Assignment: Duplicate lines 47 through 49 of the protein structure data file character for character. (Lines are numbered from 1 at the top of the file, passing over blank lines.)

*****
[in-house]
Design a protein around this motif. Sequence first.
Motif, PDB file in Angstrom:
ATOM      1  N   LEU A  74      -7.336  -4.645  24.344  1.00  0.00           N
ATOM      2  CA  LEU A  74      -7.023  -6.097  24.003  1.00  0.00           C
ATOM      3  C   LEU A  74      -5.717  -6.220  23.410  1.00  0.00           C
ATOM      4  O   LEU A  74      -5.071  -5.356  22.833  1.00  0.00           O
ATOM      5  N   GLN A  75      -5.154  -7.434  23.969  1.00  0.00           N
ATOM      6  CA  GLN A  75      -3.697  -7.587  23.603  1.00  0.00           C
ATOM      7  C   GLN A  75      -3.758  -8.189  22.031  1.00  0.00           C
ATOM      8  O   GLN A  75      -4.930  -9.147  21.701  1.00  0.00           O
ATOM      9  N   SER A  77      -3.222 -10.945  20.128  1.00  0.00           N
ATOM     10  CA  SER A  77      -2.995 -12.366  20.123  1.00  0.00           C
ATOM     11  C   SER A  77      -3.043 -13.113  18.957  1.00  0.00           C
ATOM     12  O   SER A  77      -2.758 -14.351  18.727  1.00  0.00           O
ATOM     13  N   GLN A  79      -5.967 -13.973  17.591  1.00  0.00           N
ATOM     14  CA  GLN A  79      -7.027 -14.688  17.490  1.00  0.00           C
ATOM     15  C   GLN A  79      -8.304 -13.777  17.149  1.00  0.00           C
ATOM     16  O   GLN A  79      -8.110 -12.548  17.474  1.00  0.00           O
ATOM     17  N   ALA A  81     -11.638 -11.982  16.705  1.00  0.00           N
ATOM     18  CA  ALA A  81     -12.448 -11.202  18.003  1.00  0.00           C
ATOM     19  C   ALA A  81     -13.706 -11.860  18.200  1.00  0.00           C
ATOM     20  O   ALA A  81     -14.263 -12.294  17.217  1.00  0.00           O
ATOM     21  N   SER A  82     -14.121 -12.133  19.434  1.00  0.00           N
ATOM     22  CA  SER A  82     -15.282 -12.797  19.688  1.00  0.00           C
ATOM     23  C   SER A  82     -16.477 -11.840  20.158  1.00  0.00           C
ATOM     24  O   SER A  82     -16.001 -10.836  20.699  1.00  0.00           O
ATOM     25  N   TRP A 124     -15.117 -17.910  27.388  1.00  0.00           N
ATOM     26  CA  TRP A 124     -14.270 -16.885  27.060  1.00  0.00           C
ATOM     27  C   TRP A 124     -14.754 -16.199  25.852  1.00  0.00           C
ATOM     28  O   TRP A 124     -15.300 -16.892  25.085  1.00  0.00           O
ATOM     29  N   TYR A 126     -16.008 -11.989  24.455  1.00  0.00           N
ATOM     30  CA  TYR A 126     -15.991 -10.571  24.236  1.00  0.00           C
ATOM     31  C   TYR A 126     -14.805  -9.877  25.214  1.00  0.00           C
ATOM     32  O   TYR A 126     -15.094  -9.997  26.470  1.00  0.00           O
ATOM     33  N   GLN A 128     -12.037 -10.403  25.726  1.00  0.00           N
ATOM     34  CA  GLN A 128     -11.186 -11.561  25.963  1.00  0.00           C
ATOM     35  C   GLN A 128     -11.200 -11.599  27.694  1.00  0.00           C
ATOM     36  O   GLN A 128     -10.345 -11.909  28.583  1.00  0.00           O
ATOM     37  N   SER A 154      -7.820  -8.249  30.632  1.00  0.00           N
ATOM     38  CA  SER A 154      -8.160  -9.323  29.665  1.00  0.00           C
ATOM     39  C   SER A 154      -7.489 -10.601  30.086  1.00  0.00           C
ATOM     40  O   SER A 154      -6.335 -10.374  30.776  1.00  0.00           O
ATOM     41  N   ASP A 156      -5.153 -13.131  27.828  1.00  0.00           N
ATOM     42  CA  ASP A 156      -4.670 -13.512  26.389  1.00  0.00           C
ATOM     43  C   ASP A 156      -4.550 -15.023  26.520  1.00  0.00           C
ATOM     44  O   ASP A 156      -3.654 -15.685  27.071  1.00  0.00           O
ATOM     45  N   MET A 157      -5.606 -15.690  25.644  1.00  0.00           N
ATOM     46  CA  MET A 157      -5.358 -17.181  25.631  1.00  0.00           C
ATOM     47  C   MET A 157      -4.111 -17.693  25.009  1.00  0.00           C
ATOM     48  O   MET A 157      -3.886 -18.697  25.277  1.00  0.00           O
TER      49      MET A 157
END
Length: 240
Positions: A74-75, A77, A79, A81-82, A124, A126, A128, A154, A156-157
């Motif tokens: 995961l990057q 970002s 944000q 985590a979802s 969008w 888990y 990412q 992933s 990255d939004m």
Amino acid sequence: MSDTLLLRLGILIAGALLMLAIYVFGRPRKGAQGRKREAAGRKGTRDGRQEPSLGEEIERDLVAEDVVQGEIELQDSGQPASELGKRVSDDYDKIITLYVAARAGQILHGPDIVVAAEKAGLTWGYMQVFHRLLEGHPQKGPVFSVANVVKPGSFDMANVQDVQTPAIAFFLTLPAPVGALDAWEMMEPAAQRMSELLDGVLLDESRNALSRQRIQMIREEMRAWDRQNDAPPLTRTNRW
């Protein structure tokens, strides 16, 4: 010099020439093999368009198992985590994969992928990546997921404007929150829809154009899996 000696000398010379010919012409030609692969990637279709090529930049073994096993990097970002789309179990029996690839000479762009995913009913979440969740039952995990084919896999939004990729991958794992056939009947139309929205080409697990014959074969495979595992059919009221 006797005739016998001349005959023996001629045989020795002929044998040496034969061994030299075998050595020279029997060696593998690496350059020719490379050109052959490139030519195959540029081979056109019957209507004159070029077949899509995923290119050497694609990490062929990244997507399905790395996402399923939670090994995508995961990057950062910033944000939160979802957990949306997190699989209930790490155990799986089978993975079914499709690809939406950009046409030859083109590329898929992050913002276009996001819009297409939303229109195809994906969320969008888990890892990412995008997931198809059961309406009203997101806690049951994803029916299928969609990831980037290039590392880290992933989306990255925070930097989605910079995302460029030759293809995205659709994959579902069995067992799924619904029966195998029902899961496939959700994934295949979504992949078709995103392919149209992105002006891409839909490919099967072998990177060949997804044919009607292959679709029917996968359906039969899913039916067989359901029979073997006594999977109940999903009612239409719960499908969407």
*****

ATOM     44  O   ASP A 156      -3.654 -15.685  27.071  1.00  0.00           O
ATOM     45  N   MET A 157      -5.606 -15.690  25.644  1.00  0.00           N
ATOM     46  CA  MET A 157      -5.358 -17.181  25.631  1.00  0.00           C